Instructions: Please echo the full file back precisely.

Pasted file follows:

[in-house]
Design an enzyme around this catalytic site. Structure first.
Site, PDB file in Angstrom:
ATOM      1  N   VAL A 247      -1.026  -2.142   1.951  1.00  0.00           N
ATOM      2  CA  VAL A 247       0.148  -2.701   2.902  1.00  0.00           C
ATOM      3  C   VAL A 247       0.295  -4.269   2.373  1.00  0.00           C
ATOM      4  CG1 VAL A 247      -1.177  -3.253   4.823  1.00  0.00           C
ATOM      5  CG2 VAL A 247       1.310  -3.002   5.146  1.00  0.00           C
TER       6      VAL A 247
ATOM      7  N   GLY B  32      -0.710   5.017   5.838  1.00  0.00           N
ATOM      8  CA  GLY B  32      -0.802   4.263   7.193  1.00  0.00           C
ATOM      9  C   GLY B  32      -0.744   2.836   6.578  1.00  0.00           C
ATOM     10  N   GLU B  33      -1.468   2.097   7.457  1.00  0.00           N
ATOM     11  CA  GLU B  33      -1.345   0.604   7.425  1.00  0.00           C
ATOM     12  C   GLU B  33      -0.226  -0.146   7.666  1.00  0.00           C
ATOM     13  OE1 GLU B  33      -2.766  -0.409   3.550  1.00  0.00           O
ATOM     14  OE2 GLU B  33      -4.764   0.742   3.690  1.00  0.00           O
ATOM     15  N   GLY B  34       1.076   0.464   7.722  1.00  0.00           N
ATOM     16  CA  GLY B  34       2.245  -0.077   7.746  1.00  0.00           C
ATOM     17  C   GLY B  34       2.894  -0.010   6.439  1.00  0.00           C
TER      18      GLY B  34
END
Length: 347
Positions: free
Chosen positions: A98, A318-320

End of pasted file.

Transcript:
[in-house]
Design an enzyme around this catalytic site. Structure first.
Site, PDB file in Angstrom:
ATOM      1  N   VAL A 247      -1.026  -2.142   1.951  1.00  0.00           N
ATOM      2  CA  VAL A 247       0.148  -2.701   2.902  1.00  0.00           C
ATOM      3  C   VAL A 247       0.295  -4.269   2.373  1.00  0.00           C
ATOM      4  CG1 VAL A 247      -1.177  -3.253   4.823  1.00  0.00           C
ATOM      5  CG2 VAL A 247       1.310  -3.002   5.146  1.00  0.00           C
TER       6      VAL A 247
ATOM      7  N   GLY B  32      -0.710   5.017   5.838  1.00  0.00           N
ATOM      8  CA  GLY B  32      -0.802   4.263   7.193  1.00  0.00           C
ATOM      9  C   GLY B  32      -0.744   2.836   6.578  1.00  0.00           C
ATOM     10  N   GLU B  33      -1.468   2.097   7.457  1.00  0.00           N
ATOM     11  CA  GLU B  33      -1.345   0.604   7.425  1.00  0.00           C
ATOM     12  C   GLU B  33      -0.226  -0.146   7.666  1.00  0.00           C
ATOM     13  OE1 GLU B  33      -2.766  -0.409   3.550  1.00  0.00           O
ATOM     14  OE2 GLU B  33      -4.764   0.742   3.690  1.00  0.00           O
ATOM     15  N   GLY B  34       1.076   0.464   7.722  1.00  0.00           N
ATOM     16  CA  GLY B  34       2.245  -0.077   7.746  1.00  0.00           C
ATOM     17  C   GLY B  34       2.894  -0.010   6.439  1.00  0.00           C
TER      18      GLY B  34
END
Length: 347
Positions: free
Chosen positions: A98, A318-320